If you’re like many acid reflux sufferers, long-term management of symptoms may be within your own control. This article explains what triggers acid reflux symptoms and how to identify the foods that cause acid reflux symptoms and activities that contribute to GERD, so you can begin to control your symptoms.
A sensation of pain radiates up the length of your chest behind your breastbone. The pain can range from a mild dullness to an overwhelming sensation. Sometimes, the discomfort caused by reflux disease is enough to be disruptive of your daily life. But instead of finding the source of the problem, the first instinct of many sufferers is to administer medication to address the pain. A bottle of antacid tablets or a more potent doctor-prescribed remedy is often a first line of defense against acid reflux when it should be the last. For many people, there’s a healthier alternative to these medications and it begins with identifying the foods, beverages, times of day, and behaviors that trigger acid reflux.
If you’re not already aware of them, the first step in avoiding potential triggers of reflux disease is identifying what they are for you as an individual. Trial and error is a quick and simple way to do this, and your symptoms won’t be reluctant about telling you which dietary habits and behaviors give you discomfort. Although some triggers are more common than others, the foods that cause acid reflux are not the same for everyone. So keep in mind that not everyone is prone to the same triggers and what causes your reflux to flare up will be unique to you.
Unfortunately there’s no real way to predict what will cause symptoms until it actually happens. During meal times, keep track of what you’re consuming and when you’re consuming it. Maintaining a diet log is an easy way to do this, allowing you to easily reference the items you had prior to an episode of reflux. Take note of what causes your heartburn and avoid future consumption.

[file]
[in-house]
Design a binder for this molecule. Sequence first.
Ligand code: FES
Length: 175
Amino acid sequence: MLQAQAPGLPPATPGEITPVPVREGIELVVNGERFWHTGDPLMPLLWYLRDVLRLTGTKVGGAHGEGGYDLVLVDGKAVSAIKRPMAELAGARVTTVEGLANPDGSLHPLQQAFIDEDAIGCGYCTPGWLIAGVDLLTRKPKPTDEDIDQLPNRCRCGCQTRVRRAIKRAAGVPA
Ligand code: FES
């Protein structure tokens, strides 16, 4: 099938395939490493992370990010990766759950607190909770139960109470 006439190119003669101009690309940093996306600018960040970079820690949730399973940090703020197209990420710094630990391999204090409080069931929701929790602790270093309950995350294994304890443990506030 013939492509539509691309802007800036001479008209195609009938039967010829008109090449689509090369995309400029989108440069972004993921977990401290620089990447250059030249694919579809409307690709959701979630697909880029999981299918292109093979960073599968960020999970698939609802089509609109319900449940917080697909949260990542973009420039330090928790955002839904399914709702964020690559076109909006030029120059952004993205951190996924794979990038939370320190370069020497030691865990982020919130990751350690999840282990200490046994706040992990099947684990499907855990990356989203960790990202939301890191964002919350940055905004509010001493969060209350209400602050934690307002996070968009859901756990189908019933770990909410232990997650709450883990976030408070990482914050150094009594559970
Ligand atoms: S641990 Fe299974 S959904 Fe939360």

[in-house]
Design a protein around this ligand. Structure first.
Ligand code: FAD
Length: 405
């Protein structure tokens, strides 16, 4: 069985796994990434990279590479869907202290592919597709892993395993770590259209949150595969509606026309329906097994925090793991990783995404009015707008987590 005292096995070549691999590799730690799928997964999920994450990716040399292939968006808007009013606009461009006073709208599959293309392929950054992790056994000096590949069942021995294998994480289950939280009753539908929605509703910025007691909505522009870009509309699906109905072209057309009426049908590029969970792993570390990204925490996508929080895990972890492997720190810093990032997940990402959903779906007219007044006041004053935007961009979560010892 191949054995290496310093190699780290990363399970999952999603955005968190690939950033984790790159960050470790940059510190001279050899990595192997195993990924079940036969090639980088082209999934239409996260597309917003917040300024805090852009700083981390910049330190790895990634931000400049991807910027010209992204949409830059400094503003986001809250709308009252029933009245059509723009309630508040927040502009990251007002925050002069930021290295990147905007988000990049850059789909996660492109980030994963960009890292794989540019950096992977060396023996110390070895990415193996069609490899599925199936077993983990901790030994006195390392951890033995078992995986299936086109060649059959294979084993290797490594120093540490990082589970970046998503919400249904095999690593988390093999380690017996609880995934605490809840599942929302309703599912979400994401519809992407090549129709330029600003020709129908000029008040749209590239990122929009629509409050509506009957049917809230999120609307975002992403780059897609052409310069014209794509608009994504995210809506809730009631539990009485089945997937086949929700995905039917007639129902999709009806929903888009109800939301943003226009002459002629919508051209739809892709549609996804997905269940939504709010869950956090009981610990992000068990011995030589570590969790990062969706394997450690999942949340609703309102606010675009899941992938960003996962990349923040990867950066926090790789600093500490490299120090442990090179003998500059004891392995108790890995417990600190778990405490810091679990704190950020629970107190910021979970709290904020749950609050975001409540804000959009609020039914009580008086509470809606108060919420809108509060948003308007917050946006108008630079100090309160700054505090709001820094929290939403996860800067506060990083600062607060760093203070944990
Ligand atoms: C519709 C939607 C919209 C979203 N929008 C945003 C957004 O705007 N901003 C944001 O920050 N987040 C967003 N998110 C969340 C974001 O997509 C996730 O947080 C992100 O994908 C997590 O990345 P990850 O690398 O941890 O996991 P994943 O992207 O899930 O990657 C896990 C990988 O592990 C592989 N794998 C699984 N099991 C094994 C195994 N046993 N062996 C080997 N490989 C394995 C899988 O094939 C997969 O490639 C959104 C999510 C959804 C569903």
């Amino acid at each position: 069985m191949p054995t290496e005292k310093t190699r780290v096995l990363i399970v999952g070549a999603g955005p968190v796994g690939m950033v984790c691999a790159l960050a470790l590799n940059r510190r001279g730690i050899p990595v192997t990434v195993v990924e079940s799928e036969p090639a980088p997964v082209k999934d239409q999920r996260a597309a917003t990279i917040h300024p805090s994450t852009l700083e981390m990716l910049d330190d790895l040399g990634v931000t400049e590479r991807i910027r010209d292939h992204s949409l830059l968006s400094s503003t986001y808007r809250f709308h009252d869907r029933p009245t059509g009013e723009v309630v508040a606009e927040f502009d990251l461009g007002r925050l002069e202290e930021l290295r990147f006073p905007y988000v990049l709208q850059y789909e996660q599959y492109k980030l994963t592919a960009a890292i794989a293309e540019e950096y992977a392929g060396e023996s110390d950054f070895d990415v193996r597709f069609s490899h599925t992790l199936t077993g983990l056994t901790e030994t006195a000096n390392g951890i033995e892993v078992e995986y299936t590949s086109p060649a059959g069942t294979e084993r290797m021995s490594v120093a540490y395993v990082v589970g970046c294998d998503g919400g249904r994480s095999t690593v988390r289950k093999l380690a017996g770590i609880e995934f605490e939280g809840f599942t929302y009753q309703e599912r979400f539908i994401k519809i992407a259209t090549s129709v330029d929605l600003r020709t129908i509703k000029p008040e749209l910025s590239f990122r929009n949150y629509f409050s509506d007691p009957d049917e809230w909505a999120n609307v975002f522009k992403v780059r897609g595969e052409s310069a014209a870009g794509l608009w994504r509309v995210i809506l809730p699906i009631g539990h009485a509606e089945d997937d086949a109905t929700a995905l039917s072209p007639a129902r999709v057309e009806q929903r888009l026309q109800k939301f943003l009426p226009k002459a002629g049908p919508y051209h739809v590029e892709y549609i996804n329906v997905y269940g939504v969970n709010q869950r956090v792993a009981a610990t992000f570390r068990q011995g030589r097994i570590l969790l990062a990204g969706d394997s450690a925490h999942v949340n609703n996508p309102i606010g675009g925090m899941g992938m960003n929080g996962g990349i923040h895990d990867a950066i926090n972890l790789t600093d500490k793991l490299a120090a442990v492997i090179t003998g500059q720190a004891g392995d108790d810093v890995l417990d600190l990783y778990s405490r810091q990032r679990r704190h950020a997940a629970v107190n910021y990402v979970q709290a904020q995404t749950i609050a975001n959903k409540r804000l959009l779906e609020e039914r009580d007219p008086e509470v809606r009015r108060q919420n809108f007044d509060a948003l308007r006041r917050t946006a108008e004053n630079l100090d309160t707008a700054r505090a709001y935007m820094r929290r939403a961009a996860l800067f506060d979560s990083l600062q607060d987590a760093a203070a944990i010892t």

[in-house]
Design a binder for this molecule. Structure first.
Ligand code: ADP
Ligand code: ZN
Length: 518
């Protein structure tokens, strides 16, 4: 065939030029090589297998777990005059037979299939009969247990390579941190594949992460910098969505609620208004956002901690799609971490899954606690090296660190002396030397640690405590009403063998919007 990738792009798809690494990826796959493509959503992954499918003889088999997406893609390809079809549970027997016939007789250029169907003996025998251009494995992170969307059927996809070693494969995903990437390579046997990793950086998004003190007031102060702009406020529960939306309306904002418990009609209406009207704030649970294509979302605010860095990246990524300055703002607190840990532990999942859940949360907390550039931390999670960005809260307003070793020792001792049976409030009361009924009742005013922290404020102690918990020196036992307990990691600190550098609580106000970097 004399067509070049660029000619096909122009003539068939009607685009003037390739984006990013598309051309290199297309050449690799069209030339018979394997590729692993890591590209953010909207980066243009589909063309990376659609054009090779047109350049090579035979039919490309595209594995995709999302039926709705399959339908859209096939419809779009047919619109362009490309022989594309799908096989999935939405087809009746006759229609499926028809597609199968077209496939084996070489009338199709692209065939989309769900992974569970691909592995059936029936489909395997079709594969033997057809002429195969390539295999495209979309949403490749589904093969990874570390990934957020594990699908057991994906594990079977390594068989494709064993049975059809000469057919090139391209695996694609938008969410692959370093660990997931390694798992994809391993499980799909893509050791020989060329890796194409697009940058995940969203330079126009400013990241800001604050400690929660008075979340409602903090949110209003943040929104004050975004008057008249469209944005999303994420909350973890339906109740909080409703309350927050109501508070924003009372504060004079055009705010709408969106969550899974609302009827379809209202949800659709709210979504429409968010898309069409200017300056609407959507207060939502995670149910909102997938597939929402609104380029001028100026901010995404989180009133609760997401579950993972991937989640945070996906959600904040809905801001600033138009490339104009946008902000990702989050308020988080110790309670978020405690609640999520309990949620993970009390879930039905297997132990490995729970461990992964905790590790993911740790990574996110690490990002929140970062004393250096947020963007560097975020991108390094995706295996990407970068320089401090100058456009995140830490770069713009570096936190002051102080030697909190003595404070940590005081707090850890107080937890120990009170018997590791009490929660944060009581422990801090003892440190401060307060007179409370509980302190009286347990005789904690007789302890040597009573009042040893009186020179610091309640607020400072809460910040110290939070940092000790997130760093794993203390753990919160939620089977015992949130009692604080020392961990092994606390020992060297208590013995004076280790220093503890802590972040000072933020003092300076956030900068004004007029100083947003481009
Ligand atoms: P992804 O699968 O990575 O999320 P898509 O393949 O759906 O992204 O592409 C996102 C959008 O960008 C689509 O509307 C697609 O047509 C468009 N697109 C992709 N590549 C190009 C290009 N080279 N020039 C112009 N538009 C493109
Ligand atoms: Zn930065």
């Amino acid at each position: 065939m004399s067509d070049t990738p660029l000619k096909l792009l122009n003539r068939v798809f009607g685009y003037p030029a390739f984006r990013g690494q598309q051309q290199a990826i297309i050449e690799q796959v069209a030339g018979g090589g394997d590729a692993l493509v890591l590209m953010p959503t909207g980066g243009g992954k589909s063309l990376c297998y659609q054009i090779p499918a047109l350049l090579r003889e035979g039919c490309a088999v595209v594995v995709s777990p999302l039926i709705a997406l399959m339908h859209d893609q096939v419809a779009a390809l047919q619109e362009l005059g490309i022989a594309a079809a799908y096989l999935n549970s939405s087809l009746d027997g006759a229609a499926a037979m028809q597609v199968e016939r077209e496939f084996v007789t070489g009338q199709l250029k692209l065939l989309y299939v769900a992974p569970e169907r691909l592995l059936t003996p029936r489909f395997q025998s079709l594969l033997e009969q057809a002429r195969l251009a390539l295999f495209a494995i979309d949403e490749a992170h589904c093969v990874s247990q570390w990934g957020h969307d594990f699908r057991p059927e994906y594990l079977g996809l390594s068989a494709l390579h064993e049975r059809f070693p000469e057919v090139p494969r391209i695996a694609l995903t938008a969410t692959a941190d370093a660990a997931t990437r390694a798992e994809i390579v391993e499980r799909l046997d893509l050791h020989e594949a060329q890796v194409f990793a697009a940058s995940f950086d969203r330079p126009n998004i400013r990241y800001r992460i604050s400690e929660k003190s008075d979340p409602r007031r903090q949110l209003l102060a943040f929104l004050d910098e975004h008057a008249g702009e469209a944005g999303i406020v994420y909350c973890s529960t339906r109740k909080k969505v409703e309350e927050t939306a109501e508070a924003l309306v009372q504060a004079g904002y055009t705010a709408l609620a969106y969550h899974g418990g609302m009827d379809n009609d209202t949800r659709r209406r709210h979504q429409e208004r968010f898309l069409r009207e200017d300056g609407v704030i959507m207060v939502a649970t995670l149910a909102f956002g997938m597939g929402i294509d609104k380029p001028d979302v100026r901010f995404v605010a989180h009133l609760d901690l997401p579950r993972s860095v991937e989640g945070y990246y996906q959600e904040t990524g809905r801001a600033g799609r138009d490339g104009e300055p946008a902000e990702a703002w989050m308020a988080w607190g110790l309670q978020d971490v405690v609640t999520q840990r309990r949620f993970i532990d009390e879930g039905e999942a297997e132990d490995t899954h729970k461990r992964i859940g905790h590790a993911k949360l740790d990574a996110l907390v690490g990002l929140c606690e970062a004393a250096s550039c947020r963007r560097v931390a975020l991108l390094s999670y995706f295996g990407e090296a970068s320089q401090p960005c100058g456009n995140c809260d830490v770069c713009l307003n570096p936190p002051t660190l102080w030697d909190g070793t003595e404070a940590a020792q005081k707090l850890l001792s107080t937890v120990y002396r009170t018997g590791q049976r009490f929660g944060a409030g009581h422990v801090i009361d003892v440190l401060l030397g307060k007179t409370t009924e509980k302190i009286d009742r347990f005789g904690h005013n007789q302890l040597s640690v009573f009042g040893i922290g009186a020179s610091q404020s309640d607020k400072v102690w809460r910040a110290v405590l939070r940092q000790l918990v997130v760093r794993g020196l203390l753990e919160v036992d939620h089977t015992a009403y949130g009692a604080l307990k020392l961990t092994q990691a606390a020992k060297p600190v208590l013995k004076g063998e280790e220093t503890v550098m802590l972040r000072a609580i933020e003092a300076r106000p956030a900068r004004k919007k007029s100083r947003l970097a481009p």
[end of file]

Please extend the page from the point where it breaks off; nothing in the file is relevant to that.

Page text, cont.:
What you eat and drink might not be the only factors contributing to your symptoms. How you consume your meals and what you do immediately after can also play an important role. Eating large meals forces your digestive system to work harder, producing more irritable stomach acid in the process. Exercising after a meal, eating before bedtime, lying down after a meal, or assuming other body positions that assist the reverse flow of digestive enzymes can also trigger symptoms for many people. These strategies and many more are summarized in Recipe for Relief, along with 21 daily meal plans and over 90 GERD-friendly recipes.
Beverages, activities, and foods that that cause acid reflux symptoms
- Eating large meals
- Exercising after a meal
- Lying down on your back
- Eating close to bedtime
- Bending over
- Eating certain foods:
- Carbonated beverages
- Citrus fruits
- Drinks with caffeine
- Garlic and onions
- Spicy foods
- Fatty or fried foods
- Tomato-based foods
Changing your eating habits and making lifestyle changes may not be enough
For anyone with a body mass index that is over 24, making diet and lifestyle changes may not be adequate. We discuss this in an article titled How excess weight is destroying your lower esophageal sphincter (and driving your GERD symptoms). As BMI gets further away from this BMI target, other symptom reducing strategies may have minimal effect. This is because excess pressure on the diaphragm will cause the lower esophageal sphincter to weaken over time and fail. To check your BMI and learn about a GERD-friendly weight loss program, please visit Scale Down for Relief.
If you’re like many who suffer from reflux disease, long-term management of symptoms may be within your own control. Your treatment begins with maintaining a healthy BMI, identifying the foods that cause acid reflux symptoms and activities that contribute to GERD, and avoiding those triggers. You can do this so get started today!
Reviewed by Dr. Chandrasoma, RefluxMD Scientific Director